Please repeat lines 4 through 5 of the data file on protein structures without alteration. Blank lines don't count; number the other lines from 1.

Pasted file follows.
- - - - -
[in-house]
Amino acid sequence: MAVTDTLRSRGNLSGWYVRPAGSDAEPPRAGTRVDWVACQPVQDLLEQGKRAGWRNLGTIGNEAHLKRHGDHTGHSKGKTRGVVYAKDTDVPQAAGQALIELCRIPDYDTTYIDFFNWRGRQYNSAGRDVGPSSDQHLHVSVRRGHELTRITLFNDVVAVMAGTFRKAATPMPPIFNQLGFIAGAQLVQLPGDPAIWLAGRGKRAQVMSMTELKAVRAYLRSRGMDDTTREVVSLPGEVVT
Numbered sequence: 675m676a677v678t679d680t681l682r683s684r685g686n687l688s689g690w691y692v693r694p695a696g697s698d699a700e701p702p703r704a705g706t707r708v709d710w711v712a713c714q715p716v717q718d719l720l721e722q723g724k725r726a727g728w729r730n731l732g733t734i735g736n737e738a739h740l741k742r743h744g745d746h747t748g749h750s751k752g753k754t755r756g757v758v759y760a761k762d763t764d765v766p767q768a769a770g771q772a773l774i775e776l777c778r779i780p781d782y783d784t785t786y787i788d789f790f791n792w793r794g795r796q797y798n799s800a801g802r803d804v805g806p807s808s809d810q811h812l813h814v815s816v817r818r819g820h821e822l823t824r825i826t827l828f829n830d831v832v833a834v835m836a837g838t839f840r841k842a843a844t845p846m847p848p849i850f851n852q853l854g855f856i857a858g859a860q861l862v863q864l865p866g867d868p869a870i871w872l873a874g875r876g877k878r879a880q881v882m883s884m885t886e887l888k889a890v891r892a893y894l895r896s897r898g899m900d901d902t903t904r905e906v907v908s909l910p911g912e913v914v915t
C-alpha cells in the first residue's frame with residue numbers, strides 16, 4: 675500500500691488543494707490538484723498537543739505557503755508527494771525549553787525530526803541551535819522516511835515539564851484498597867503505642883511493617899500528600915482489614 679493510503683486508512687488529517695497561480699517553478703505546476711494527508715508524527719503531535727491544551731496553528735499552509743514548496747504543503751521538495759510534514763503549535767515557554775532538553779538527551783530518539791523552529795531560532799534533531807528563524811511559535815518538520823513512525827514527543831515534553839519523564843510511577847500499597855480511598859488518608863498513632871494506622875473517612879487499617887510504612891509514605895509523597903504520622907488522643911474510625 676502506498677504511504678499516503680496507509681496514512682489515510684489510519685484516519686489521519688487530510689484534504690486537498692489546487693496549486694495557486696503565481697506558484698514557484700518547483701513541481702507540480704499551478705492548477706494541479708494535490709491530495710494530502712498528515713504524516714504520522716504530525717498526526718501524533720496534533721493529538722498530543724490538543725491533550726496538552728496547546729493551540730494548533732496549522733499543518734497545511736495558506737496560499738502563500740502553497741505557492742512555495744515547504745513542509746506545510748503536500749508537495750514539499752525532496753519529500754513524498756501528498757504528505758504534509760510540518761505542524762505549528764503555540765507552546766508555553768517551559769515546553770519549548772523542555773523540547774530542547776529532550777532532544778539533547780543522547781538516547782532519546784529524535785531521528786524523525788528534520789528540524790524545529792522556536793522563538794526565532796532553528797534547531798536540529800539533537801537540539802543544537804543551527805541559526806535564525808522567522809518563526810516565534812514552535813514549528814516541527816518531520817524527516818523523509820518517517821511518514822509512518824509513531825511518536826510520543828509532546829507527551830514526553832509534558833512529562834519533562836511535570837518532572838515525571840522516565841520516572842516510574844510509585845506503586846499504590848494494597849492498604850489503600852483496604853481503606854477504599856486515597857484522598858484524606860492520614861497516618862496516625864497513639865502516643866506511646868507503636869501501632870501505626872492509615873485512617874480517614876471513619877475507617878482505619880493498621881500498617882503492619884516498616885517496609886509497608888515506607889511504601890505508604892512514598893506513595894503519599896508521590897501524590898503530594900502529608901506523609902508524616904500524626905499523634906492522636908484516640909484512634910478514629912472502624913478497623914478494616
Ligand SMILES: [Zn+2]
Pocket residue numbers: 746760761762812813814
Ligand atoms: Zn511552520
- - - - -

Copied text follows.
C-alpha cells in the first residue's frame with residue numbers, strides 16, 4: 675500500500691488543494707490538484723498537543739505557503755508527494771525549553787525530526803541551535819522516511835515539564851484498597867503505642883511493617899500528600915482489614 679493510503683486508512687488529517695497561480699517553478703505546476711494527508715508524527719503531535727491544551731496553528735499552509743514548496747504543503751521538495759510534514763503549535767515557554775532538553779538527551783530518539791523552529795531560532799534533531807528563524811511559535815518538520823513512525827514527543831515534553839519523564843510511577847500499597855480511598859488518608863498513632871494506622875473517612879487499617887510504612891509514605895509523597903504520622907488522643911474510625 676502506498677504511504678499516503680496507509681496514512682489515510684489510519685484516519686489521519688487530510689484534504690486537498692489546487693496549486694495557486696503565481697506558484698514557484700518547483701513541481702507540480704499551478705492548477706494541479708494535490709491530495710494530502712498528515713504524516714504520522716504530525717498526526718501524533720496534533721493529538722498530543724490538543725491533550726496538552728496547546729493551540730494548533732496549522733499543518734497545511736495558506737496560499738502563500740502553497741505557492742512555495744515547504745513542509746506545510748503536500749508537495750514539499752525532496753519529500754513524498756501528498757504528505758504534509760510540518761505542524762505549528764503555540765507552546766508555553768517551559769515546553770519549548772523542555773523540547774530542547776529532550777532532544778539533547780543522547781538516547782532519546784529524535785531521528786524523525788528534520789528540524790524545529792522556536793522563538794526565532796532553528797534547531798536540529800539533537801537540539802543544537804543551527805541559526806535564525808522567522809518563526810516565534812514552535813514549528814516541527816518531520817524527516818523523509820518517517821511518514822509512518824509513531825511518536826510520543828509532546829507527551830514526553832509534558833512529562834519533562836511535570837518532572838515525571840522516565841520516572842516510574844510509585845506503586846499504590848494494597849492498604850489503600852483496604853481503606854477504599856486515597857484522598858484524606860492520614861497516618862496516625864497513639865502516643866506511646868507503636869501501632870501505626872492509615873485512617874480517614876471513619877475507617878482505619880493498621881500498617882503492619884516498616885517496609886509497608888515506607889511504601890505508604892512514598893506513595894503519599896508521590897501524590898503530594900502529608901506523609902508524616904500524626905499523634906492522636908484516640909484512634910478514629912472502624913478497623914478494616
Ligand SMILES: [Zn+2]